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Commercial real estate insiders and city engineers are looking at creative solutions to deal with the inundation of deliveries to residential and commercial buildings.

Thomas Bollmann /The Globe and Mail

The pandemic effect is accelerating the steadily rising curve of online shopping and home delivery, which started with Amazon and pizza and now encompasses everything from books and garden equipment to three-course gourmet meals.

Commercial real estate insiders, including developers, real estate marketers and city engineering departments are looking at what needs to change in future buildings and the potential delivery space around them.

“We’re moving to one parcel per day per suite,” says Vancouver-based real estate marketer Bob Rennie. “When you look at a bigger project, 2,000 homes in four towers, you have to look at how you run circulation, traffic security.”

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One idea is to create a staffed post office in developments big enough to support them, he says, so there’s someone there to not just receive packages but deal with the inevitable returns. It also provides a sense of community that many are missing from the online world.

“We have to start putting some old-fashioned values into our technologically driven world,” he says.

There’s no point in making dramatic changes for a short-term issue, he says, adding that the rush to add elevators to buildings, make everything touchless, design all apartments to convert to home offices and abandon downtown condos and offices is premature.

But the delivery trend is not going away, he says. Most development companies in the city that build multifamily and office spaces are assessing how to handle the parcel-food-document issue.

Many had already started changes, and a few higher-end condo projects have incorporated cold- and warm-storage rooms, among other features.

Finding parking for delivery vehicles is a challenge for couriers, with few spaces zoned for street parking.

Thomas Bollmann /The Globe and Mail

“We started designing for this five years ago,” says Brad Jones, vice-president of development at Wesgroup Properties. Parcel rooms and cold-storage rooms were among some of the early ideas and have gone into four projects (two completed, two under construction) in Vancouver’s River District.

With the traffic increase, the company is also looking at design changes to deal with security.

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“There’s a lot of volume so they really need management, either through automation or a concierge,” Mr. Jones says. “If there’s just an open door, things will get stolen.”

One concept is to provide a parcel-delivery room that has its own outside entry, with a secure system of lockboxes inside.

“It’s definitely a conversation on every project,” says Jon Stovell, whose company, Reliance Properties Inc., is completing a 60-storey tower on Burrard Street and has multiple rental and condo projects under way around the city. “[For] every building, we’re doing more than we did with the one before.”

At the Burrard tower, he is considering converting a planned retail space on the main floor to a general delivery area.

Finding enough parking space outside for the never-ending parade of small vans and UPS, FedEx, Purolator and Canada Post trucks is also posing a challenge.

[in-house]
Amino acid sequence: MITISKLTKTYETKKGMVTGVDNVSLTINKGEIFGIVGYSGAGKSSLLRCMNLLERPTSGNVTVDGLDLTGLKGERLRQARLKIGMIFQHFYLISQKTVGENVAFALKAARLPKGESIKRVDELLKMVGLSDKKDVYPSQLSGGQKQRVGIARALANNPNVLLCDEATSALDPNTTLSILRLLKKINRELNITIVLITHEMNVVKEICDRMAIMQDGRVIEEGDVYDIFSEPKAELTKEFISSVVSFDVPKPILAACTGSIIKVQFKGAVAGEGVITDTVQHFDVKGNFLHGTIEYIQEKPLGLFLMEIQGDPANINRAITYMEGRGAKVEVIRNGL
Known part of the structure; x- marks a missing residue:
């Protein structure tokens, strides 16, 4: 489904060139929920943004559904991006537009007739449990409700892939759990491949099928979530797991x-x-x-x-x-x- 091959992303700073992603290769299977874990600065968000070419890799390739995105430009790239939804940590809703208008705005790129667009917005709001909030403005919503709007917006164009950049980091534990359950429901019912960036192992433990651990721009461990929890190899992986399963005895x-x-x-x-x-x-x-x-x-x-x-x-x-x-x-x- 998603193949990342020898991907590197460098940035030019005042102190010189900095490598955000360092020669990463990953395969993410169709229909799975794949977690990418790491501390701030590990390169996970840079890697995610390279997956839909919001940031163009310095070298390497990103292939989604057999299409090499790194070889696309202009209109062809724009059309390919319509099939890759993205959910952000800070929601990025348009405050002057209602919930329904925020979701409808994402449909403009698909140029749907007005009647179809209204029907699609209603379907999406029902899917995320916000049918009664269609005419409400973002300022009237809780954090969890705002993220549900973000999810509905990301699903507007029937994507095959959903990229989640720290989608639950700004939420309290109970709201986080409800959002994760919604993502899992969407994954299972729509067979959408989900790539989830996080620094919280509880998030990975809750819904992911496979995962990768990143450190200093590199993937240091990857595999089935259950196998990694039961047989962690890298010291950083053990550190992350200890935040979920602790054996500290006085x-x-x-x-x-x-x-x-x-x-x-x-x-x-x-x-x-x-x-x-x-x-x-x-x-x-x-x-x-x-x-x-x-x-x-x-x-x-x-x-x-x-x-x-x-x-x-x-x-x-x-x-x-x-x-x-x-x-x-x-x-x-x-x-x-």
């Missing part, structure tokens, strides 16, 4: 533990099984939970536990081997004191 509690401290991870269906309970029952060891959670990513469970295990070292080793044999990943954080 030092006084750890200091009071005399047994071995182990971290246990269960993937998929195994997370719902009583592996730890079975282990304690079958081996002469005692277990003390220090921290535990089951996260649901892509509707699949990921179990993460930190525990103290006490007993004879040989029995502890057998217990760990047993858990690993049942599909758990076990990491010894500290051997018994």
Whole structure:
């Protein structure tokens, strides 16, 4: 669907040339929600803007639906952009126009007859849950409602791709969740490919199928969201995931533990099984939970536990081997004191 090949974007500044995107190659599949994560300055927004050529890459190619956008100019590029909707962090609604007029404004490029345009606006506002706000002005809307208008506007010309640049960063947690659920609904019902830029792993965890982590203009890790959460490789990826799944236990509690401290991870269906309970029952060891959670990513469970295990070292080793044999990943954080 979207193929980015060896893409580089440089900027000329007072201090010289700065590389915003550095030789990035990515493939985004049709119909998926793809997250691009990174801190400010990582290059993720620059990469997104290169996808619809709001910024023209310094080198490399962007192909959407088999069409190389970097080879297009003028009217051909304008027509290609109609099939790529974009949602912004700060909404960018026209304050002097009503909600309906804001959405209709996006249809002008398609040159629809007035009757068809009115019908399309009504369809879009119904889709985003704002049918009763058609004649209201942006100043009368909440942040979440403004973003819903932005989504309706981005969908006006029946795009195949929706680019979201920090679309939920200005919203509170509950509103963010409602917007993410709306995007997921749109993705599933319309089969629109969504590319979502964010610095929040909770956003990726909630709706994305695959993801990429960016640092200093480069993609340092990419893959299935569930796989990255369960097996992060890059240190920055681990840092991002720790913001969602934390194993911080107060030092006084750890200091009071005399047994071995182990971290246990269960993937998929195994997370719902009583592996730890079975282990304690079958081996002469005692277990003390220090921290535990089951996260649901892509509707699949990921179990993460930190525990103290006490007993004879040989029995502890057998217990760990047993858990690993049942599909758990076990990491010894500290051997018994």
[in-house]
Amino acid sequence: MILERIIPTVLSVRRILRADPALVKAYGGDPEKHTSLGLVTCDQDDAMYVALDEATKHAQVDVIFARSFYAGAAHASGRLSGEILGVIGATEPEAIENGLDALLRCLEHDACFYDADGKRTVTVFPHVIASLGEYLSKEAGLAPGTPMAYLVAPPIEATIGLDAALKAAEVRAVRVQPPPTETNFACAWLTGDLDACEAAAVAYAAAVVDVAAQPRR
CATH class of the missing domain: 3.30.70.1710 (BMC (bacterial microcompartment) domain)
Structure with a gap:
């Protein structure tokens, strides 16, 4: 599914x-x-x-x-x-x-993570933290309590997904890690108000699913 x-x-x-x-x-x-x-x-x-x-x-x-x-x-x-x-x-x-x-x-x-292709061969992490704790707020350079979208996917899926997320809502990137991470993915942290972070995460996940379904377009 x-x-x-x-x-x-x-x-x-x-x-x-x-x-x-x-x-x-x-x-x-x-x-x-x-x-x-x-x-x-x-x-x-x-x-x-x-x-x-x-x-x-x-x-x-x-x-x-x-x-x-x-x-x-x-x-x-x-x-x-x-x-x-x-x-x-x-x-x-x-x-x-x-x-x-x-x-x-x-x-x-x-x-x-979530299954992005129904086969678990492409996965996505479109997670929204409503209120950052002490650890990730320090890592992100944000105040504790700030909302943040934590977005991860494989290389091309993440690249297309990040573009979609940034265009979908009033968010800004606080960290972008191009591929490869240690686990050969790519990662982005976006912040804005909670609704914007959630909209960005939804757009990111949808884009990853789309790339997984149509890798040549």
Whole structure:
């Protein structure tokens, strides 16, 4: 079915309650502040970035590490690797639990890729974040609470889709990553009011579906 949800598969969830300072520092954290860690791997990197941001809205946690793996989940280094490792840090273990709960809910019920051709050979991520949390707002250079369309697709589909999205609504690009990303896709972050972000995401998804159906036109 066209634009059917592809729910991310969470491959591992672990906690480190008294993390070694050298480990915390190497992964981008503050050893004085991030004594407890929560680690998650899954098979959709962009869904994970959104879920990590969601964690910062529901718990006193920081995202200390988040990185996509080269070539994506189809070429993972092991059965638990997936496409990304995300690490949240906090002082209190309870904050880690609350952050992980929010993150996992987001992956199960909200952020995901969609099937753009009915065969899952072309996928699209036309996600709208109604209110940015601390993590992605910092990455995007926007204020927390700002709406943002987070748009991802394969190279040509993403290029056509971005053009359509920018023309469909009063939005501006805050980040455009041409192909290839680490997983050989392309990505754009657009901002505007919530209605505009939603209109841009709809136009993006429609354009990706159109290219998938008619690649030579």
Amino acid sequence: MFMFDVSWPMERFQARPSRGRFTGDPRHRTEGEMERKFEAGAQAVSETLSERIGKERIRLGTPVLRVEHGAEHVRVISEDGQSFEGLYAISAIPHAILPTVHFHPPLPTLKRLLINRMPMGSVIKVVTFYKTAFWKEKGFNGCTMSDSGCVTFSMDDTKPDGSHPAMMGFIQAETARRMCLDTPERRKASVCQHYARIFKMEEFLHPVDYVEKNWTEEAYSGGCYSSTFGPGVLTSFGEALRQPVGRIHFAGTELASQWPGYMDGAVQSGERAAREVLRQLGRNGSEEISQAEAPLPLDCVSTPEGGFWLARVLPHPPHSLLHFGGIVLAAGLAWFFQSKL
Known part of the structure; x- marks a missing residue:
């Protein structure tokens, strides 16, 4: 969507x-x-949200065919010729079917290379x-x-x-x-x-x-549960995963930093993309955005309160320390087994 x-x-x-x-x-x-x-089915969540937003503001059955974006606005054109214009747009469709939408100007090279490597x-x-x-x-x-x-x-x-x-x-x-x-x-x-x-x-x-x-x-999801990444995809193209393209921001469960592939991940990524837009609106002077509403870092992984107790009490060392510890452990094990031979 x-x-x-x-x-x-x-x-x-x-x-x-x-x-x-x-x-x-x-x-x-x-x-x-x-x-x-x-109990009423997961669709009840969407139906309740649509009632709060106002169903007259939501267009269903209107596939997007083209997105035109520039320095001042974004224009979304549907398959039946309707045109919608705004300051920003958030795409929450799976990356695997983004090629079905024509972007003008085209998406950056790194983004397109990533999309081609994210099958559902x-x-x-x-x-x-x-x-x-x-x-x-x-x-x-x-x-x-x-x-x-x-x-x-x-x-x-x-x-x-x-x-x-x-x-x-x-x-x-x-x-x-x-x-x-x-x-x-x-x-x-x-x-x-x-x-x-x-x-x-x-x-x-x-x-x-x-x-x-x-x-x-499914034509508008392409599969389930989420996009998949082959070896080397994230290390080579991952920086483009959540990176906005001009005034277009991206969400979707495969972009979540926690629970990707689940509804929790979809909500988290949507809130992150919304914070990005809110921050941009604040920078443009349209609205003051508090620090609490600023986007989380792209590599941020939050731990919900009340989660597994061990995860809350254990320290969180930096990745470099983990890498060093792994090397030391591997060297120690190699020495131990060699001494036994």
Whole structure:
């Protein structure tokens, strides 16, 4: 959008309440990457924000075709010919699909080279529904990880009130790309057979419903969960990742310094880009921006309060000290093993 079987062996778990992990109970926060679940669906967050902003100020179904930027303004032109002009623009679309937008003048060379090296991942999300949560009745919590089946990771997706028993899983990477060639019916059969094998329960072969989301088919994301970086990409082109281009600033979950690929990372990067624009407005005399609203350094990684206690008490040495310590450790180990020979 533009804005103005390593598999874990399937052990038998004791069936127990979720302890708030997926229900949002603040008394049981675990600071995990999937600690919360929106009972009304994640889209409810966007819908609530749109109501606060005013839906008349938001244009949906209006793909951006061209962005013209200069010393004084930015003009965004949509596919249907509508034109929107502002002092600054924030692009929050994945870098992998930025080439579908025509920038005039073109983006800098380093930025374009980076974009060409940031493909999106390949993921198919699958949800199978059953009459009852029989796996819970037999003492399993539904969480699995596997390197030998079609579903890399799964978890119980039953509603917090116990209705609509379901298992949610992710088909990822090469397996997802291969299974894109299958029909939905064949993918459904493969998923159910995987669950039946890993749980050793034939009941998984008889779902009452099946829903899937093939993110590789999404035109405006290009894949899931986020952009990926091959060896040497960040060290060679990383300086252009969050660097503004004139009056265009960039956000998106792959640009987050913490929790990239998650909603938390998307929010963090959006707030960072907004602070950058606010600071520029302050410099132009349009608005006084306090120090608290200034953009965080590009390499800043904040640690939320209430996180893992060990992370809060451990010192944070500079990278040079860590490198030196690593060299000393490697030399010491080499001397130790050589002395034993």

Mr. Stovell says it’s hard to persuade the City of Vancouver to give up any space to allow for the new life of constant unloading.

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“The city wants that parking revenue and has made it very difficult for any commercial loading zones,” he says.

According to Alina Cheng, Vancouver’s parking-management director, having goods delivered off the main street is preferable to front-of-building parking – through parking-garages or rear-alley loading zones. She says drivers making small food or parcel deliveries are not going to want to do that because it’s time-consuming and complicated.

The city does occasionally allow the creation of small zones on the street that are dedicated to deliveries.

“It’s on a street-by-street basis,” Ms. Cheng says.

The growth of ride-hailing services such as Uber and Lyft also adds to the need to rezone parking.

“There is an evolution going on,” says Peter Joyce, an engineer with Bunt & Associates. “There is more of an effort to find curbside space for passengers.”

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Until now, city engineers have favoured providing small or large loading zones behind buildings, and there’s likely to be an increase in requirements for the small zones in the future, he says. But that won’t be enough.

“I think there will be real pressure on the city to revisit that curbside space and … to give up some conventional street parking for passenger loading and small-parcel delivery,” he says.

In Toronto, new and old condo buildings are trying out different solutions to the increasing torrent of packages, whether it’s adding to concierge service, using management software where residents book everything from notices of package deliveries to pool time and parking or installing package lockers.

“There’s been a huge uptick in packages because people used to have them delivered to the office,” says Jason Kurtz, vice-president of Stratawest Management Ltd., which oversees dozens of buildings.

“So, people are repurposing existing space wherever they can – lobby bathrooms, shelving units. One [building] hardened the door to a little storage room and trained a camera on it.”

And that’s not ideal, he says. “It’s very much ‘use at your own risk.’ ”

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